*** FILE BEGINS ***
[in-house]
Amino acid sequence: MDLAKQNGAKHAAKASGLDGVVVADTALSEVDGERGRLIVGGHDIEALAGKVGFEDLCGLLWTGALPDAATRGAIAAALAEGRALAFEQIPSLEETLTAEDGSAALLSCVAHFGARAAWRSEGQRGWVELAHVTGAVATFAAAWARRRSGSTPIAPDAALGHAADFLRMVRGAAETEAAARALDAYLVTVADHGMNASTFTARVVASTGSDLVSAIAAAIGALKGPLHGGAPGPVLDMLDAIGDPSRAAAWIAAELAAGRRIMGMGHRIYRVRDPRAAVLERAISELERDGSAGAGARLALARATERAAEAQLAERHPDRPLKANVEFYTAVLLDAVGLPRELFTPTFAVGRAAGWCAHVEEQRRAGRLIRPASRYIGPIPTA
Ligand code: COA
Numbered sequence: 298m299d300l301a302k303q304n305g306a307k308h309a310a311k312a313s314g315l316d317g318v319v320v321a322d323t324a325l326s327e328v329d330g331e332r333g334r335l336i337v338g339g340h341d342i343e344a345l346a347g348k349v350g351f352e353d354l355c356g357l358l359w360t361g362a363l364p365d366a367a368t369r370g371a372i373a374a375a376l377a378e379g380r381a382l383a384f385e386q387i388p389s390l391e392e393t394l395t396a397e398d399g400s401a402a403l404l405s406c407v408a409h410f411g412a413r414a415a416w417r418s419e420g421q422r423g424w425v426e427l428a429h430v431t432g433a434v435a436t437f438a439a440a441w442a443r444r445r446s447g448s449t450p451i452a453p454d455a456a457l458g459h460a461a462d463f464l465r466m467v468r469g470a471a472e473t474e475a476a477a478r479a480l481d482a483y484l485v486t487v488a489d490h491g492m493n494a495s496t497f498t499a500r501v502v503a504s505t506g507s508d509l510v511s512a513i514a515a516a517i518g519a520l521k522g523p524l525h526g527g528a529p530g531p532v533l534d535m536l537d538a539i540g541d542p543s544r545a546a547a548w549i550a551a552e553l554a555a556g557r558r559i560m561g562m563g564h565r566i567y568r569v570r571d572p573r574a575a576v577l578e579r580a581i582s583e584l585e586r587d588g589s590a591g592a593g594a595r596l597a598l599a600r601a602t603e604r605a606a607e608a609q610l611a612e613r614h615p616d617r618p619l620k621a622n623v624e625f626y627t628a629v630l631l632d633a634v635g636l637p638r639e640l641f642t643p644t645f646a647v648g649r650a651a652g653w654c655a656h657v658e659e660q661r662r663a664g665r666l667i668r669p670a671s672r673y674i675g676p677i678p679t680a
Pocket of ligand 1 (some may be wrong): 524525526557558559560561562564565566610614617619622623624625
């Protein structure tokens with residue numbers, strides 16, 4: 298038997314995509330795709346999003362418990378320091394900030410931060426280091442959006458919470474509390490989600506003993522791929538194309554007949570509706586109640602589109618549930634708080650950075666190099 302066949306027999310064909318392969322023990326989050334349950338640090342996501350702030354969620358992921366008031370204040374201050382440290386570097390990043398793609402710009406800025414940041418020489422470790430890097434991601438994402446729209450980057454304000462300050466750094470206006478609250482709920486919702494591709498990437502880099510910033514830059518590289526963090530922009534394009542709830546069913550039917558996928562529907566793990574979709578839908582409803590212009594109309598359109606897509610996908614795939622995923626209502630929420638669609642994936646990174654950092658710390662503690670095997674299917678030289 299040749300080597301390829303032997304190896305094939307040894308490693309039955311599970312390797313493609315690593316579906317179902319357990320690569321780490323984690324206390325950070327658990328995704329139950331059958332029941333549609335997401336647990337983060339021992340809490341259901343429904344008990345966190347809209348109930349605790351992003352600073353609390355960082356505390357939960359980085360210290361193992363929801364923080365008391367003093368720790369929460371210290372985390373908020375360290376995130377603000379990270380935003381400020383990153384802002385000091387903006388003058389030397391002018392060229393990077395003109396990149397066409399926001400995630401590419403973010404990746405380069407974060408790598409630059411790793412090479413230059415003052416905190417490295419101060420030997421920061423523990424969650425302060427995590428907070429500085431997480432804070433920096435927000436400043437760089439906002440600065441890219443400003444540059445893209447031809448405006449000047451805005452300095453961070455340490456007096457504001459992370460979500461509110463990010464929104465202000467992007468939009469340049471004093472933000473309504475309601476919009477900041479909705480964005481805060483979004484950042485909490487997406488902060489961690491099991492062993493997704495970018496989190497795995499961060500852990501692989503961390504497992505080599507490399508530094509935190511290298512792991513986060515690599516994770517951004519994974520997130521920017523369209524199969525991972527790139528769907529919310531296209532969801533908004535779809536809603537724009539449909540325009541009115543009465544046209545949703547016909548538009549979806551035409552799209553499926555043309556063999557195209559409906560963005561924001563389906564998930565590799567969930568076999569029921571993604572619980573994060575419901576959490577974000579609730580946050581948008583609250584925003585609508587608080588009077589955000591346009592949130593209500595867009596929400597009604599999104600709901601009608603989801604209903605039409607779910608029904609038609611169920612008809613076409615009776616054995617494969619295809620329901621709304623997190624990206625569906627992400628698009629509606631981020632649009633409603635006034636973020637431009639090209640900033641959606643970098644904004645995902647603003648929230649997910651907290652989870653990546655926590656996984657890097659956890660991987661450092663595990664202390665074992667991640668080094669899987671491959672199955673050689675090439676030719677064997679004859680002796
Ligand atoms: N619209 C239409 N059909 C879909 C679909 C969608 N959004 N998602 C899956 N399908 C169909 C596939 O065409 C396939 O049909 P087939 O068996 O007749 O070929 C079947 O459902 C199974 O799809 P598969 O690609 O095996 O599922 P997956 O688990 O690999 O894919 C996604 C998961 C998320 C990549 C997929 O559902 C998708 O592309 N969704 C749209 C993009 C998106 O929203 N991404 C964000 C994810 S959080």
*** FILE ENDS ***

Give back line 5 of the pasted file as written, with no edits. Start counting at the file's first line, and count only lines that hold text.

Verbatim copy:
Pocket of ligand 1 (some may be wrong): 524525526557558559560561562564565566610614617619622623624625